While famed entrepreneur Elon Musk sent one of his Tesla cars into space last year on top of his SpaceX rocket, this year, Musk will help deliver Israel's first unmanned lunar spacecraft atop a SpaceX Falcon 9 rocket, where it will assume a course that will take it to its final destination: the moon. And only the United States has managed to actually land a human on the lunar surface.
On July 10, SpaceIL gave the press its first look inside the Israel Aerospace Industries (IAI) MABAT Space facility in Yehud near Israel's airport, where the nonprofit organization has been collaborating with IAI for eight years to build the 1,322-pound (600-kilogram) spacecraft. "As soon as the spacecraft reaches the landing point it will be completely autonomous".
The 1.5 m (over 4.9 ft.) high spacecraft is 2 m (6.5 ft.) in diameter, and the carried fuel will weigh around 75 percent of its total weight, according to the report.
"For two days we will conduct several scientific experiments and deploy an Israeli flag for future generations that we hope may one day visit the moon", Harel explained. In addition to Morris Kahn in the implementation of the project invested by the Israeli space Agency, and American billionaire Sheldon Adelson.
Damari recalled, "We found a duct and we started to discuss it."All three formed Spaceil and partnered with the state-owned Israel Aerospace Industries, which they believed they could get the very small craft on the moon by 2013.Damari said, "As soon as we went deep into the project and more people joined, we understood its complexity."Although Google ended in March without the award victor, the Israeli team promised to move forward.A key person to hop on the project board was the Israeli billionaire Maurice Cannes born of South Africa, who introduced his project to Spaceill.He said, "I thought it was a good idea", and I asked him - "do you have any money?' "Kahn said, "He did not really think about the financial side", he said that he gave him the initial grant of $ 100,000, which covered a project of 95 million U.S. dollars in a growing support to the project". Its maximum speed will reach more than 10 kilometers per second (36,000 kilometers, or almost 22,370 miles, per hour).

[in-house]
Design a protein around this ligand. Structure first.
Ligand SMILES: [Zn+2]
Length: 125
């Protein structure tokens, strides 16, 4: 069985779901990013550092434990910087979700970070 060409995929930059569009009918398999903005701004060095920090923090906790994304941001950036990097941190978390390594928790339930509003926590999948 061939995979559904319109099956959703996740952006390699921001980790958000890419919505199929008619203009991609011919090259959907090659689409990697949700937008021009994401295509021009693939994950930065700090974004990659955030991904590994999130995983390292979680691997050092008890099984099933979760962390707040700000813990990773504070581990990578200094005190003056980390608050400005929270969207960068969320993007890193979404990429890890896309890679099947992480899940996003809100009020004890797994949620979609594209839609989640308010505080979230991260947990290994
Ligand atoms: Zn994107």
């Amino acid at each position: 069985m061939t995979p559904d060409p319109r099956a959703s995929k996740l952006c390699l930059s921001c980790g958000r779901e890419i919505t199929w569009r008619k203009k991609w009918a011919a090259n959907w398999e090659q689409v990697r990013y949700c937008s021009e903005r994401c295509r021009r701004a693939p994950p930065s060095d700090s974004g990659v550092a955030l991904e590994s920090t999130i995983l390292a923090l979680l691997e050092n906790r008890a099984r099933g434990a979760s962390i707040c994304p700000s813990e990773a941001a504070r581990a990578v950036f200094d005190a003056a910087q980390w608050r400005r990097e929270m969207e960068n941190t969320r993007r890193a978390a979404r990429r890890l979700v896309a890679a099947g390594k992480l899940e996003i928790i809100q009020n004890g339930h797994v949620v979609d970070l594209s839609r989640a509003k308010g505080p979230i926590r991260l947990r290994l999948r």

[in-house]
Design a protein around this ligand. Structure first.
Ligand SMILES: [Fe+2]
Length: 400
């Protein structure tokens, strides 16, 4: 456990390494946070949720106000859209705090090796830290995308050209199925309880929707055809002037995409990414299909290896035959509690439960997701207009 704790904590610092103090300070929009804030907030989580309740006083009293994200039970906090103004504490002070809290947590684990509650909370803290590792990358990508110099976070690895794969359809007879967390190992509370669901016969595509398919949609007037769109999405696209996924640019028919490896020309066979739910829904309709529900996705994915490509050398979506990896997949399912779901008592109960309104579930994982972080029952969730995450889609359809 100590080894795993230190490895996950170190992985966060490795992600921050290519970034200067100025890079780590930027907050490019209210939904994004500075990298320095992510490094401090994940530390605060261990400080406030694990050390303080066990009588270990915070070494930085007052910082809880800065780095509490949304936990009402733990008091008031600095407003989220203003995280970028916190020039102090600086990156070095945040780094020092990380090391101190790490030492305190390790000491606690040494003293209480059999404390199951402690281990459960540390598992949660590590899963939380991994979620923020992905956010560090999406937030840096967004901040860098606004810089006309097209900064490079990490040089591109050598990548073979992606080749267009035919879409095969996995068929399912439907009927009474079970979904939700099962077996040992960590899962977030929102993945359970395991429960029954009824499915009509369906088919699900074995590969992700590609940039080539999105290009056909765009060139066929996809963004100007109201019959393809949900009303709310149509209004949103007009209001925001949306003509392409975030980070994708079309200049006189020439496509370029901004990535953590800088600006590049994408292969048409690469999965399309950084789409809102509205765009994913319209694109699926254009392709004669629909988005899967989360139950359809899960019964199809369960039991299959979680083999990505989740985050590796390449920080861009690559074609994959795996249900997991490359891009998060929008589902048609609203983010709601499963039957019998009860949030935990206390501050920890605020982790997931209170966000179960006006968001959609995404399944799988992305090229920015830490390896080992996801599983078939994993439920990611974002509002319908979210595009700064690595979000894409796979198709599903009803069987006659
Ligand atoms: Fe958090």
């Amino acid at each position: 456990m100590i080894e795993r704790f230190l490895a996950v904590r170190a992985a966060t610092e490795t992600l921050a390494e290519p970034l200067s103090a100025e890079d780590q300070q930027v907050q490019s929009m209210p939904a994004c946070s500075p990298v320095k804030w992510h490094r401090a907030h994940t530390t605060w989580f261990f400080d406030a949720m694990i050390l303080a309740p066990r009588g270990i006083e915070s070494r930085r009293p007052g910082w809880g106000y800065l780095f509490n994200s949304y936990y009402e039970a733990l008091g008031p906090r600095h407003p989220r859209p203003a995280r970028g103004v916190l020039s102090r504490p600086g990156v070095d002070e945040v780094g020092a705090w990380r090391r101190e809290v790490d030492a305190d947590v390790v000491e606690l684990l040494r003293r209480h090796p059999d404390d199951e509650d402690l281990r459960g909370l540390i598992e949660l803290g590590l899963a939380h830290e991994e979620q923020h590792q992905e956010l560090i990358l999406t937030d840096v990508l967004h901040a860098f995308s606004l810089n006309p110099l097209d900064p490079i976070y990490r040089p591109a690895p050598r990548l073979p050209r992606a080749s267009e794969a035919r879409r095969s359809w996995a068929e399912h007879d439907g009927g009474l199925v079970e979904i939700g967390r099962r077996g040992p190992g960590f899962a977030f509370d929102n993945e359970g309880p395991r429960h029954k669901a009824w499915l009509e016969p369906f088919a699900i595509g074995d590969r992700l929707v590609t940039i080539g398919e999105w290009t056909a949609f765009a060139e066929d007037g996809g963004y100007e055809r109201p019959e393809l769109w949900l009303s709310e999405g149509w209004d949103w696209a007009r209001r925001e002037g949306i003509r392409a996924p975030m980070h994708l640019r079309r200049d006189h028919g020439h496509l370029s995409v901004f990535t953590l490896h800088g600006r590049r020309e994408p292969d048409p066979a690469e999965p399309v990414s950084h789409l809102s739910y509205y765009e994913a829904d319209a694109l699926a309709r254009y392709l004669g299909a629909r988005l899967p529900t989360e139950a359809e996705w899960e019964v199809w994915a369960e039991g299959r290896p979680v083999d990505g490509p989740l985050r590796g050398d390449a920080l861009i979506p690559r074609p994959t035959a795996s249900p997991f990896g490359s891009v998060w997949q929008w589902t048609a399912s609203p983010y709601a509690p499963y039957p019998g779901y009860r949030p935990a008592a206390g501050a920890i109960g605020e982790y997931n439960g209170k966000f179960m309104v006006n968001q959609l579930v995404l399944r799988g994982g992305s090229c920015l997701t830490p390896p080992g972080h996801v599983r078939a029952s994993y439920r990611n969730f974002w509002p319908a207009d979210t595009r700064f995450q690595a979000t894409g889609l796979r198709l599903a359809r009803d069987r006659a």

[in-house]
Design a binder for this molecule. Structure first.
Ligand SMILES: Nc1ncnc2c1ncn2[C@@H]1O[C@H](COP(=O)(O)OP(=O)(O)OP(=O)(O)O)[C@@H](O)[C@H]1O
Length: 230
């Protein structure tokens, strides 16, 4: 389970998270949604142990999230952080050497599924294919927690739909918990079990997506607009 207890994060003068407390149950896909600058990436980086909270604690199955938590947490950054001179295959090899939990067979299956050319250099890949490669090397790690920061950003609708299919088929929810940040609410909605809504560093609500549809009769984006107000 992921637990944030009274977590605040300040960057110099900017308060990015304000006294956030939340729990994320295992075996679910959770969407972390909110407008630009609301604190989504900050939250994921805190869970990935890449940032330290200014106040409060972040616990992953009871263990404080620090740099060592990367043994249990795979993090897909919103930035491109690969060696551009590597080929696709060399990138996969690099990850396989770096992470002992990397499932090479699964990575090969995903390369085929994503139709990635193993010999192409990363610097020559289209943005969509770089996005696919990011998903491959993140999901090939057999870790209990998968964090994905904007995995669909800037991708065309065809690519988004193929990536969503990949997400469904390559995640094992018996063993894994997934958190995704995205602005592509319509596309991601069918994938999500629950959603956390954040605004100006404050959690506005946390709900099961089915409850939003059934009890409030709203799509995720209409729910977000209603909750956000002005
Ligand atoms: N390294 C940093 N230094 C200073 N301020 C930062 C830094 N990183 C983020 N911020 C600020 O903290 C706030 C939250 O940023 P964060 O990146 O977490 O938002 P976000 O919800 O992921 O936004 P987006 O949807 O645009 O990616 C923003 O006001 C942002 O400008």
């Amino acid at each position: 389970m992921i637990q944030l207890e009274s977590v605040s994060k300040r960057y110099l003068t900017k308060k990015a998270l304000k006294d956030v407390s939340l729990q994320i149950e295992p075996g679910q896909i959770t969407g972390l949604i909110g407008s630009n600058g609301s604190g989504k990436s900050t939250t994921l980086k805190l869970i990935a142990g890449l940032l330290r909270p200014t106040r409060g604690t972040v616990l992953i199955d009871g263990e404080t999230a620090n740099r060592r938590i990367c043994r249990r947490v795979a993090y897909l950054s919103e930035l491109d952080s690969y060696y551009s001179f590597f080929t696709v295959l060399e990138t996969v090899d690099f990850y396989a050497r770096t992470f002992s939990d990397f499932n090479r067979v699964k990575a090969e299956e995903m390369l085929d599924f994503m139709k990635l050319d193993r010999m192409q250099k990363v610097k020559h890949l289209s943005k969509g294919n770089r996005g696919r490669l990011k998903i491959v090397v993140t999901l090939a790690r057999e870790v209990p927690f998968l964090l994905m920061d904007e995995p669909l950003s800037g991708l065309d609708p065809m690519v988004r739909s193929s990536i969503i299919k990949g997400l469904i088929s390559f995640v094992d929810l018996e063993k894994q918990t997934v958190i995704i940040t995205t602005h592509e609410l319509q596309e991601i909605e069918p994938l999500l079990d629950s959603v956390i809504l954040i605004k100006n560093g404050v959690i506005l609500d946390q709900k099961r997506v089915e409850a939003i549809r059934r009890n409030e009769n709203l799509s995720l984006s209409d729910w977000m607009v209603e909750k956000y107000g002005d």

"What we're doing is we're trying to replicate the Apollo effect in the United States", Kahn told reporters, referring to the surge in interest in science and engineering after the USA space program landed on the moon in 1969. It will then ignite its engines and reduce its speed to allow the moon's gravity to pull it in, and will begin orbiting it.
Israel will launch a rocket to the moon in December. Over the years, additional partners from the private sector, government companies and academia have joined, including Weizmann Institute of Science; Israel Space Agency; the Ministry of Science, Technology and Space; Bezeq and others.